Oh noes, it's women CEOs!

Feb 28 2011 Published by under women

In case you missed it amidst all the other news last week (Wisconsin protests, New Zealand earthquake, The Last Airbender winning worst movie of the year), there's a debate raging across the pond as to whether there ought to be quotas for hiring more female CEOs to lead companies. I've been watching this debate unfold, because the comments people leave on these articles provides some insight into the thinking of some very polarized people. Furthermore, they reveal some seriously flawed assumptions.

Let's take Mike for example:

People should not be chosen for a job on the basis of gender, race or religion. In every case a job should go to the person best able to carry out that job. --Mike Rose, UK

You know, Mike, I agree with you 100%. I think that is a great statement. Except, please do something for me. Explain to me how a hiring manager identifies who the "best person able to carry out that job" is. Is it based on an objective, quantifiable measure? Say, number of publications, number of profits earned, number of customers acquired? Is it based on a gender-blind objective assessment of a candidate's writing skills, technical skills, or thinking skills?

Oh, it's usually not? Huh. Then how can best be determined? Awfully fuzzy, I'd say.

Here's the thing: in corporate America (and in your case, corporate Britain), there is systemic bias and discrimination against non-majority people. I say non-majority because this bias is something that goes beyond race, ethnicity, and gender discrimination. It also includes socio-economic status, parental status, marital status, sexual orientation, and cultural background.

You see, many of the people being discriminated against don't "fit" the mold very well. So in addition to never even getting called in for an interview because their name is "Jamal Brown" instead of "John Smith", if they are interviewed they don't make the final cut because they didn't fit the majority image the hiring manager had in their brain.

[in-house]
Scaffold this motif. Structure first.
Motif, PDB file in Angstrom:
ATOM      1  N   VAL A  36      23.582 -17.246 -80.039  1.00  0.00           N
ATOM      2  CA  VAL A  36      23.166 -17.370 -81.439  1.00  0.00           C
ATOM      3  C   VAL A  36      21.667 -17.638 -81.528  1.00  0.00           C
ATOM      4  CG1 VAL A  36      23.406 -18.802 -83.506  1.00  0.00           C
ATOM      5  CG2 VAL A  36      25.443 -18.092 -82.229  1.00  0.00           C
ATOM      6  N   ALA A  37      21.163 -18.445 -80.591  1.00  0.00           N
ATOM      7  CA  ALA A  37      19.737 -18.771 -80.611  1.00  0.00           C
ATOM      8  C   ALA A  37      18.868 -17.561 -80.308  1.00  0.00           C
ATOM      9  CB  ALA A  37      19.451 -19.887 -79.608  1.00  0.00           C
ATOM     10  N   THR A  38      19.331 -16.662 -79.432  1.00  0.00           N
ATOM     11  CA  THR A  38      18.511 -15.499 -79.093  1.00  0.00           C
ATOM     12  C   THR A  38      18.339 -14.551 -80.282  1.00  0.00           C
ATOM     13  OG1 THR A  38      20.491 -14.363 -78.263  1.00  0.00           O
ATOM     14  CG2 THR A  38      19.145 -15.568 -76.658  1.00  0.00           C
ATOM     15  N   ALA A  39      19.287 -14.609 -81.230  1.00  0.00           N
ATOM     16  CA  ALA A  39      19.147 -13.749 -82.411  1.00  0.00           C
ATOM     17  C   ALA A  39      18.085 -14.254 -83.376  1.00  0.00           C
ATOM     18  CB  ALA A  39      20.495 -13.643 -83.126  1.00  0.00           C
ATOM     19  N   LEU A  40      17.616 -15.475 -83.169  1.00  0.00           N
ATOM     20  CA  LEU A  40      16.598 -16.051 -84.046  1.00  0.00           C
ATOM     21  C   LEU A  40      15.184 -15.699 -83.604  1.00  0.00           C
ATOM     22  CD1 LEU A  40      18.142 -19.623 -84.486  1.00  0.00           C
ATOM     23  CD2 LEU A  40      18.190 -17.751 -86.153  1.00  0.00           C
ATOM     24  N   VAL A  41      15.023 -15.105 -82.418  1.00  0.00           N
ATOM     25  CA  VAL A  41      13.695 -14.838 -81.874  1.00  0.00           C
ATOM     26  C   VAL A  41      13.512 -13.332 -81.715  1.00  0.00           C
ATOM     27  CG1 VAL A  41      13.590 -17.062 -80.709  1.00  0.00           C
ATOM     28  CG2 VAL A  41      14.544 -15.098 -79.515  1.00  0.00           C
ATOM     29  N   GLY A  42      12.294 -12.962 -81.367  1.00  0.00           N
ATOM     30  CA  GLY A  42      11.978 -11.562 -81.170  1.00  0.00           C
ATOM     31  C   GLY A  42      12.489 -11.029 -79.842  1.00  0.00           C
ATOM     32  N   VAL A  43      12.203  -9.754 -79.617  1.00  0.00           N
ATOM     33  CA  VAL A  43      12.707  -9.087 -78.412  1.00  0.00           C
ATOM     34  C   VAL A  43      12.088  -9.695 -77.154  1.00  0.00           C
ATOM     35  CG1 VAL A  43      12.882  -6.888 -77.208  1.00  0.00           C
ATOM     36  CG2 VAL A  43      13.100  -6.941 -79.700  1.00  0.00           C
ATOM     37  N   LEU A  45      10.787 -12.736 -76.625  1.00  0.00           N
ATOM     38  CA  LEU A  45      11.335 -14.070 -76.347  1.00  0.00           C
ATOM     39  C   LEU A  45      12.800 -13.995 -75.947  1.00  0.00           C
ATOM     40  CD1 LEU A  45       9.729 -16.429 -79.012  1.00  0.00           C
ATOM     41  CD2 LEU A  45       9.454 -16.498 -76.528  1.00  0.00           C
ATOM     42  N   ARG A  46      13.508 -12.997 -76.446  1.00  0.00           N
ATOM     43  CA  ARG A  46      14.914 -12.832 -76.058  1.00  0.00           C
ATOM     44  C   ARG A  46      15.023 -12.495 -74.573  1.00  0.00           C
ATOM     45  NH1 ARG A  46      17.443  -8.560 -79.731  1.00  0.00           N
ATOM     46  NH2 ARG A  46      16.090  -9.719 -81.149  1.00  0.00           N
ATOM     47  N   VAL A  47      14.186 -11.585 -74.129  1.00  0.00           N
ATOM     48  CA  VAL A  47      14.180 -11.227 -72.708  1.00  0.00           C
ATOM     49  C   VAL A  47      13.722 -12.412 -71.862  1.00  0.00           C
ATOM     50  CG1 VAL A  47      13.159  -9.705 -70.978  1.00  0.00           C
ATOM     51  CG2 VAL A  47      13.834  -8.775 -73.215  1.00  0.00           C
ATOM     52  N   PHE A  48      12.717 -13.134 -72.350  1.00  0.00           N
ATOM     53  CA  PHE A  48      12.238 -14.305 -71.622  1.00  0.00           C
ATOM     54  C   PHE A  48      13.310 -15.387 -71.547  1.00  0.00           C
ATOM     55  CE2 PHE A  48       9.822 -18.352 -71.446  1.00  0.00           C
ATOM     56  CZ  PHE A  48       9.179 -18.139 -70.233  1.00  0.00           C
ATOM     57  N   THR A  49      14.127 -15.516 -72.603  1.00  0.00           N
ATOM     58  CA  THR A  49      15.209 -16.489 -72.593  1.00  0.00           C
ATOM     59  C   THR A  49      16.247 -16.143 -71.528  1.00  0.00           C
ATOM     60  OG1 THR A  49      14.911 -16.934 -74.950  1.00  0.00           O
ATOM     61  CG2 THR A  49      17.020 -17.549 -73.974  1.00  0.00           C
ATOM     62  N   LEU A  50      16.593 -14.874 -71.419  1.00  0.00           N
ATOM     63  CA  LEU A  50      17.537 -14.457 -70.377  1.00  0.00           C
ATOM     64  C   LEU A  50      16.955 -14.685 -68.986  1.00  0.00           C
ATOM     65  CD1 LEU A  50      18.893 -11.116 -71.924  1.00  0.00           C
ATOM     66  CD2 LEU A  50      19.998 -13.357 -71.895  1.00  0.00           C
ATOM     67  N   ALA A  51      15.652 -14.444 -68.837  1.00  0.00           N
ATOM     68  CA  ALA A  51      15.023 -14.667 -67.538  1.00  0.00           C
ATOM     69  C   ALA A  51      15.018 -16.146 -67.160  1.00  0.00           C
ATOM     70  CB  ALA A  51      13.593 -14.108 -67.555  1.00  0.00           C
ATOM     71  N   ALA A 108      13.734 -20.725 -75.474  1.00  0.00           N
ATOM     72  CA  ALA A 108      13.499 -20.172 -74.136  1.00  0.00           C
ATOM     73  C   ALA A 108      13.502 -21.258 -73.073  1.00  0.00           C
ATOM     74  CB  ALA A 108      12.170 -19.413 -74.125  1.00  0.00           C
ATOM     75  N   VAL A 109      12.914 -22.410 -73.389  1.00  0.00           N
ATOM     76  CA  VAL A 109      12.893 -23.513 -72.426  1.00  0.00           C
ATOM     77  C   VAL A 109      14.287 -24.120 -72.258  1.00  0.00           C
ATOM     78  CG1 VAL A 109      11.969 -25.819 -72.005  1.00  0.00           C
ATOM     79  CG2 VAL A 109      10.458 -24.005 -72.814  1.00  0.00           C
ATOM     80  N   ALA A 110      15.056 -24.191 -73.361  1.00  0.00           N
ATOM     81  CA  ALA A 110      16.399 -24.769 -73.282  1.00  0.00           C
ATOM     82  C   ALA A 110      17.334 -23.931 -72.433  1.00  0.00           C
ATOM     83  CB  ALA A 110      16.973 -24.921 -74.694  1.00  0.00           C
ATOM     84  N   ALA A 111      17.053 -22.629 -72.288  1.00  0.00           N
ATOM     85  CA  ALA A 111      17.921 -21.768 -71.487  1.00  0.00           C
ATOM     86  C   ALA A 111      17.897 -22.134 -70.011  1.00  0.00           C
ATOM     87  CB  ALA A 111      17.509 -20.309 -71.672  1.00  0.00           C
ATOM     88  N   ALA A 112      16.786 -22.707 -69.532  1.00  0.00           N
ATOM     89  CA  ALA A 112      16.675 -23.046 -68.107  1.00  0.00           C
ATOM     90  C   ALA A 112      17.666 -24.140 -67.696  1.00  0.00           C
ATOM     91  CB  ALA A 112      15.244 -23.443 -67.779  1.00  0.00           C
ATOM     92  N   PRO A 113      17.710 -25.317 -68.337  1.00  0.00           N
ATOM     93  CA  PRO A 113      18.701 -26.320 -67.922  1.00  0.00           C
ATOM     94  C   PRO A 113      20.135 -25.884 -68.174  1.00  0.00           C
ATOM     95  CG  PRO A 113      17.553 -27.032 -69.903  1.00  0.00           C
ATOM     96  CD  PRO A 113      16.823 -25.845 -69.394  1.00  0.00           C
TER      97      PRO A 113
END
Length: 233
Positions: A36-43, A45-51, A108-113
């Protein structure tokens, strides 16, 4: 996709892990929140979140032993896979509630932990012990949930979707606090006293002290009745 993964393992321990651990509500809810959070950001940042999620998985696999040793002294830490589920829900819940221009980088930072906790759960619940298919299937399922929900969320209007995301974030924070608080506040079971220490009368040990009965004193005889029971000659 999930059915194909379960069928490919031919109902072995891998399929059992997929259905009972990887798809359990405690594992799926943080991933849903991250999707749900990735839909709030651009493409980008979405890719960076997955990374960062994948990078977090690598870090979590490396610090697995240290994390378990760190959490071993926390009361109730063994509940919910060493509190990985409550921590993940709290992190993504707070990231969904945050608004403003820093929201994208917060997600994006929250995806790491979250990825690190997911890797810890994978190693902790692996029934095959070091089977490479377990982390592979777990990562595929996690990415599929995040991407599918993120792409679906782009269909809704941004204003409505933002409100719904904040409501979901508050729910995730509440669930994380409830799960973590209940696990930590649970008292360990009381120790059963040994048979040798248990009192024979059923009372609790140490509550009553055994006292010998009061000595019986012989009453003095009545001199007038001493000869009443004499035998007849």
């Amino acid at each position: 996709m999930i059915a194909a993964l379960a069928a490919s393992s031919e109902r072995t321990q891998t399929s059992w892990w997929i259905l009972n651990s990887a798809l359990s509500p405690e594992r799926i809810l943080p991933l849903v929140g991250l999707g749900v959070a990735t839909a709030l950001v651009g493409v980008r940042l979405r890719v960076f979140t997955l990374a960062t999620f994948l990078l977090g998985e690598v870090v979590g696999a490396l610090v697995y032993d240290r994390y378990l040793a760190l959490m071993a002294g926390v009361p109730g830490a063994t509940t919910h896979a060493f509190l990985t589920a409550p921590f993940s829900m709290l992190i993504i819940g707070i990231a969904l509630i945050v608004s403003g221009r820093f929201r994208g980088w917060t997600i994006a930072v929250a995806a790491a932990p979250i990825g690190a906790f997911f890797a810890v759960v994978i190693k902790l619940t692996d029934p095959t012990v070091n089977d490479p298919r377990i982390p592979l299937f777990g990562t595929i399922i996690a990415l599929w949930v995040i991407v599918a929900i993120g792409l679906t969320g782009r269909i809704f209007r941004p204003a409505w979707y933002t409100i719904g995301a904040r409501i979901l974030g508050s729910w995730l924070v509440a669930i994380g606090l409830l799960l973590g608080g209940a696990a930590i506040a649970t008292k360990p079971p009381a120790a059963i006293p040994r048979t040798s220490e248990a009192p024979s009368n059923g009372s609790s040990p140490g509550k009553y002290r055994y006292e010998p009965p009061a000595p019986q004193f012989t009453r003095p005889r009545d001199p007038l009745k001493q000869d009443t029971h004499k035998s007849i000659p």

So in nearly every case, we're finding the majority person getting the top jobs because the non-majority person didn't fit this non-objective image of "the best person able to carry out that job".

Someone asked the head of Associated British Foods about its CEO hiring decisions. It 'says it has a duty to appoint the best candidate, "and to date that person has been male"'. (The Times, 25 Feb 2011).

Riiiight. Ok, Mike, let's look at the logic here:

  • Companies always hire the "best candidate".
  • The majority of Fortune 500/FTSE 100 companies are run by wealthy white men.
  • Therefore, the best people to lead Fortune 500/FTSE 100 companies are wealthy white men.

Ok, I'm done picking on Mike. Fortune 500/FTSE 100 companies, this message is for you:

     If you are truly committed to diversity, PROVE IT.

Stop padding your website and brochures with pictures showing how diverse you are and actually bring in some diverse leaders. Take a chance on a non-majority person for once. I promise, we don't bite. Usually.

12 responses so far

  • Grant says:

    Slightly off-topic, but the new Vice Chancellor of the local university (NZ's oldest) is a woman.

  • keithb says:

    And then there is Carly Fiorina...

    • fcs says:

      Not sure how that's relevant to the discussion. Please do not make the fallacy of taking Carly Fiorina as representative of all female CEOs.

      • keithb says: